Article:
If the response in vulnerable groups is not good, then we could be waiting until we've attained herd immunity in the general population to protect them, which is a much longer process.
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Old 01-18-2021, 01:07 PM   #652
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Pfizer's trial had a fair number of elderly in it though, so I'd defer to that at this point over very incomplete Israeli data. 42% of the trial was over 55, 21% was over 65, and a little over 4% were over 75. And there was no evidence of reduced efficacy in older participants. At the interim analysis, there were 20 COVID positive subjects over 65 years old in the study and 19 of them were in the control arm. The confidence intervals were quite wide, so it's not 100% that it's just as effective in the elderly, but the evidence points to that.

And the efficacy numbers were quite consistent among comorbidities as well. Other than subjects who had cancer (which were a pretty small sample), subgroups who had one or more of the listed comorbidities (including cardiovascular disease, COPD, diabetes, obesity, and hypertension) all had efficacy point estimates of 93-100%. Again, the confidence intervals are wide, so it's obviously not settled, but the evidence points to there being little to no reduction in efficacy for people with other conditions.

The agreement linked from that article is interesting too. It is as people suspected; in return for providing doses to get the population to herd immunity as soon as possible, Pfizer gets the Israeli data without having to provide any funding for it. Pretty good deal for both parties.

https://govextra.gov.il/media/30806/...t-redacted.pdf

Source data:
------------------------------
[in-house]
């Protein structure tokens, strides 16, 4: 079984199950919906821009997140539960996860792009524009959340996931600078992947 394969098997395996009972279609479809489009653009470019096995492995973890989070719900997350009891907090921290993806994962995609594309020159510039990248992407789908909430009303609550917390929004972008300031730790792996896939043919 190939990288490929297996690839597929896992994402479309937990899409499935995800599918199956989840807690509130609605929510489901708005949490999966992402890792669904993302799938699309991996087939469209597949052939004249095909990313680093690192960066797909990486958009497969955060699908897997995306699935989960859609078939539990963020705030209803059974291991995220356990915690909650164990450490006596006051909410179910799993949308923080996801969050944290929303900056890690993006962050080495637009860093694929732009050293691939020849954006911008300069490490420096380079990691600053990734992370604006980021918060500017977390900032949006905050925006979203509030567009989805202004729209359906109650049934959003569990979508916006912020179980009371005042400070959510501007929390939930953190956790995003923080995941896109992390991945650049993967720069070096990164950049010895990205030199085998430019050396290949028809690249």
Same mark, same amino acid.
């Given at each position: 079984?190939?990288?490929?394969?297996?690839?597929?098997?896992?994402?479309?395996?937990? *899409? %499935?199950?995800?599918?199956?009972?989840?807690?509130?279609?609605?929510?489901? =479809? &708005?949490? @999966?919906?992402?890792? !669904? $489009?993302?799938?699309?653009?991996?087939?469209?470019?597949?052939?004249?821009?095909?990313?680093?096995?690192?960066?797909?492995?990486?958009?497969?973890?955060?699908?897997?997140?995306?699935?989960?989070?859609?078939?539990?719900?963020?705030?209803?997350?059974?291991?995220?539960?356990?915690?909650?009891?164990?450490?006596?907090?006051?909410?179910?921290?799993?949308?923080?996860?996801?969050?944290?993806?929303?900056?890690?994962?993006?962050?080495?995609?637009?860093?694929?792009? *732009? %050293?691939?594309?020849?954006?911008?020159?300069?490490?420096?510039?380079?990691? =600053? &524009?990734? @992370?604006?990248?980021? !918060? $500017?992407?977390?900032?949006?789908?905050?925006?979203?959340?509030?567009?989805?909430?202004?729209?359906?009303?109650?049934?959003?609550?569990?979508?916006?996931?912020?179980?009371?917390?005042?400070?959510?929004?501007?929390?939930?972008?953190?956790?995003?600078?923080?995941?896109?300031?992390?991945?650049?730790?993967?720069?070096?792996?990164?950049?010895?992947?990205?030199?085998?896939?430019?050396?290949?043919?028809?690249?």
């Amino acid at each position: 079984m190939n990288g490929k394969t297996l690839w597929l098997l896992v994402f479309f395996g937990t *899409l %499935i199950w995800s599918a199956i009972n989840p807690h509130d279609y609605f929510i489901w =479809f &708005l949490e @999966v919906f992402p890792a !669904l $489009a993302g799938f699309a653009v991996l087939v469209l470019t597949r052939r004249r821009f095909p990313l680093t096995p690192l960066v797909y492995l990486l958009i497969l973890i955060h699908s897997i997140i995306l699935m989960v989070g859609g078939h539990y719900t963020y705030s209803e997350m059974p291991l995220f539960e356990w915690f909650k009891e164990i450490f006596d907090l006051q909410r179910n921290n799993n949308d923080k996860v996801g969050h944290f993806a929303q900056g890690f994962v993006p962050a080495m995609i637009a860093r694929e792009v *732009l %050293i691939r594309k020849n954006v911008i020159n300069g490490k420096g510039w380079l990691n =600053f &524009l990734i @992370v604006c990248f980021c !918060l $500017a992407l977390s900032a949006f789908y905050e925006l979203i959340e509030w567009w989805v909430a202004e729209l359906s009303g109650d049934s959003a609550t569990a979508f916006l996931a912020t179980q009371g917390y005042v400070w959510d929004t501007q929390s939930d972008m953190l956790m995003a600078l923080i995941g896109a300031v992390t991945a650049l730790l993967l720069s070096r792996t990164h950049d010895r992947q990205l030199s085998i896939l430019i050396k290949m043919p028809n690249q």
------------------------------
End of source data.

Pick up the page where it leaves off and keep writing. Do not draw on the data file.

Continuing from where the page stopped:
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Old 01-18-2021, 01:22 PM   #653
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Ontario pausing first dose immunizations.
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Old 01-18-2021, 01:50 PM   #654
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Pfizer's trial had a fair number of elderly in it though, so I'd defer to that at this point over very incomplete Israeli data. 42% of the trial was over 55, 21% was over 65, and a little over 4% were over 75. And there was no evidence of reduced efficacy in older participants. At the interim analysis, there were 20 COVID positive subjects over 65 years old in the study and 19 of them were in the control arm. The confidence intervals were quite wide, so it's not 100% that it's just as effective in the elderly, but the evidence points to that.

And the efficacy numbers were quite consistent among comorbidities as well. Other than subjects who had cancer (which were a pretty small sample), subgroups who had one or more of the listed comorbidities (including cardiovascular disease, COPD, diabetes, obesity, and hypertension) all had efficacy point estimates of 93-100%. Again, the confidence intervals are wide, so it's obviously not settled, but the evidence points to there being little to no reduction in efficacy for people with other conditions.